As to David, his book’s mostly nonsense. The argument in his intro and notes is very weak, and not supported by a pretty spotty set of stories. In fact, the problem with David’s argument, for me, is that is supports this idea that because Bob Tucker defined ‘space opera’ in one way, that definition could never change. Language evolves, meanings change, so be it. I mean Tucker expressly meant badly written and cliche ridden when he coined the term, but no one goes *there* when they respond to this.

  3. Susan:

    I see no reason to change this view now

    Well, here’s one: if you pick up most of the modern books being described as “space opera”, what you find won’t meet your expectations. (Alternatively, if you’re avoiding books described as “space opera” because you think they will meet your expectations, you’re going to miss out on some good books.)

    Jonathan:

    Sorry for misrepresenting you. I do think you make a good point, that there wasn’t really an interregnum when there was no space opera being written or published, so drawing a line in the sand and calling something “new” is somewhat arbitrary. At the same time, though — and sure, this may well be parochialism talking — it does look like something new happened *in Britain* at the end of the 80s/start of the 90s (as part of a more general reinvigoration of sf). Which in turn fed back into other markets, recombining with things that were going on there. If I recall correctly, a number of contributions to the Locus issue reflect that idea.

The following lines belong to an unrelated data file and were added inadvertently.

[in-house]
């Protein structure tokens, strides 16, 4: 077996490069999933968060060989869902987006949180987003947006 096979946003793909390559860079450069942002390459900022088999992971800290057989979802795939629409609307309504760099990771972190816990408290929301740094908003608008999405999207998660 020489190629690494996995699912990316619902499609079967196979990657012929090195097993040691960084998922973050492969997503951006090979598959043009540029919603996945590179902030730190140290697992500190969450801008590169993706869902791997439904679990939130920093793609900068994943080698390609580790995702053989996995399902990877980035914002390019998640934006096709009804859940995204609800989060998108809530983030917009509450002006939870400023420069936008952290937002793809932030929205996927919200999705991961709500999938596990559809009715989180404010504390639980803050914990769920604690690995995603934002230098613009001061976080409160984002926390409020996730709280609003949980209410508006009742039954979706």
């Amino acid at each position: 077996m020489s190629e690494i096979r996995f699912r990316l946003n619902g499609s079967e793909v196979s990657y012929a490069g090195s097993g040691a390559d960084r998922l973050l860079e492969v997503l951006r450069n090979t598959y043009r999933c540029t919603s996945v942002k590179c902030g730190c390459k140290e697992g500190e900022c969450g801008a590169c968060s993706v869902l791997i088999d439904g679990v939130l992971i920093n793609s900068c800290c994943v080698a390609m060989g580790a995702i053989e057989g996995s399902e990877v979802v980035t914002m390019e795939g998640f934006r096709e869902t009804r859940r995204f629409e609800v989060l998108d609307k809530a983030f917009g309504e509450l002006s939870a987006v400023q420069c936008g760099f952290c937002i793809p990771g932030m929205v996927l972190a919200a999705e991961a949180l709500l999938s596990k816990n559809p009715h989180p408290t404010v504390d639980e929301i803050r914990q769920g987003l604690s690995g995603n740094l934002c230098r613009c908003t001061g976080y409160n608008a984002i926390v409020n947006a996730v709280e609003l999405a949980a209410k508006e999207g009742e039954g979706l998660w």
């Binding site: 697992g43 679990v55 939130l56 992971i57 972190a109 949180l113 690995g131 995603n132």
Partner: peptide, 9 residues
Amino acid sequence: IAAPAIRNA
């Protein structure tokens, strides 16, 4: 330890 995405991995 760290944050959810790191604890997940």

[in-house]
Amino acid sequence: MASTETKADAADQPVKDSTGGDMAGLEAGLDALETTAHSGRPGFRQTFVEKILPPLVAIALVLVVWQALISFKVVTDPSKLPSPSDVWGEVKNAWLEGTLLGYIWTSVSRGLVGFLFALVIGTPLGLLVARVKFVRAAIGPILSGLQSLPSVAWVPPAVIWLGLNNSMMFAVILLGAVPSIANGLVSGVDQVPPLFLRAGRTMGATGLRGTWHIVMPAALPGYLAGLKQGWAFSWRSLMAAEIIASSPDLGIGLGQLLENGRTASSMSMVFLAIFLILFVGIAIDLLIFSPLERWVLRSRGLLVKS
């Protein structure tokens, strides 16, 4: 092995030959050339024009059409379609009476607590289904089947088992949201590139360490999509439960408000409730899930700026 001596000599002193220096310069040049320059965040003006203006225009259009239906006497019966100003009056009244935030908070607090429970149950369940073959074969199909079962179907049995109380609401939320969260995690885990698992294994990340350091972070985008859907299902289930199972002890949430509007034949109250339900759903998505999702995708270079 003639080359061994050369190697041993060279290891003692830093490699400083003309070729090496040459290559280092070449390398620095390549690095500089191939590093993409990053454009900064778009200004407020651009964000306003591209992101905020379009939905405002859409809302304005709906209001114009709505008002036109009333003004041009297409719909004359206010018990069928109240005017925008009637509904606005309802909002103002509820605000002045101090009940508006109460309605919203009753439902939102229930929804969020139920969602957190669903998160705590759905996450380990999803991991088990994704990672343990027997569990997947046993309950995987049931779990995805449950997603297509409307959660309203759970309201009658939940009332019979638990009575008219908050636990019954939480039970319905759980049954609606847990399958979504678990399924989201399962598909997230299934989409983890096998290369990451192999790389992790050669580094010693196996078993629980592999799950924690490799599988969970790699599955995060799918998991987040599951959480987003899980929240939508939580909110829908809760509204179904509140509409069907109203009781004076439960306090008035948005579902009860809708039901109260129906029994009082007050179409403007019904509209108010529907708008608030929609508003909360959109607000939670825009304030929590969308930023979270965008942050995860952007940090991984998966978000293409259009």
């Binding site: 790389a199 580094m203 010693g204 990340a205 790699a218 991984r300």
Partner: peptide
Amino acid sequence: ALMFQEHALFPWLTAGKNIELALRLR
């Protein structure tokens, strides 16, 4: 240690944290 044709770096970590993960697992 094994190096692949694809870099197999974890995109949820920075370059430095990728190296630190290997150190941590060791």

I haven’t actually seen a copy of The Space Opera Renaissance myself, but I’m right there with you on the idea that meanings shift over time (see also, er, slipstream :-) . The trouble is getting everyone to agree what the meaning has shifted to

  4. Space Opera isn’t the same as SF set in space. It’s got the operatic quality to it. Huge forces massed for insane battles, the raging of Godlike entities as they carve swathes across the galaxy/universe/multiverse, a sense of scale and mankind’s work undiminished in it.

    The kind of thing that you could play Carmina Birana to and not feel out of place.

    Stephen Baxter, I would say, is not it. (Not that he’s not good, but when he works at that scale it’s to show how small we are, not to show how big we could be.)

    (Feel free to sprinkle IMHOs liberally above)

  5. British space opera before about 1980: By British authors, but perhaps mostly for the US market, there’s a fair amount of John Brunner’s work — novels and short stories.

    For the British market: New Worlds, under John Carnell’s editorship, had more than a bit of space opera.

  6. I stumbled onto your blog tonight and find it very interesting. As a writer of science fiction – I was curious about the definition of ‘space opera’ after one particular reviewer used it to describe my series. While, based on some of the ‘definitions’ I see… I might find offense. But, based on others… I will accept the compliment.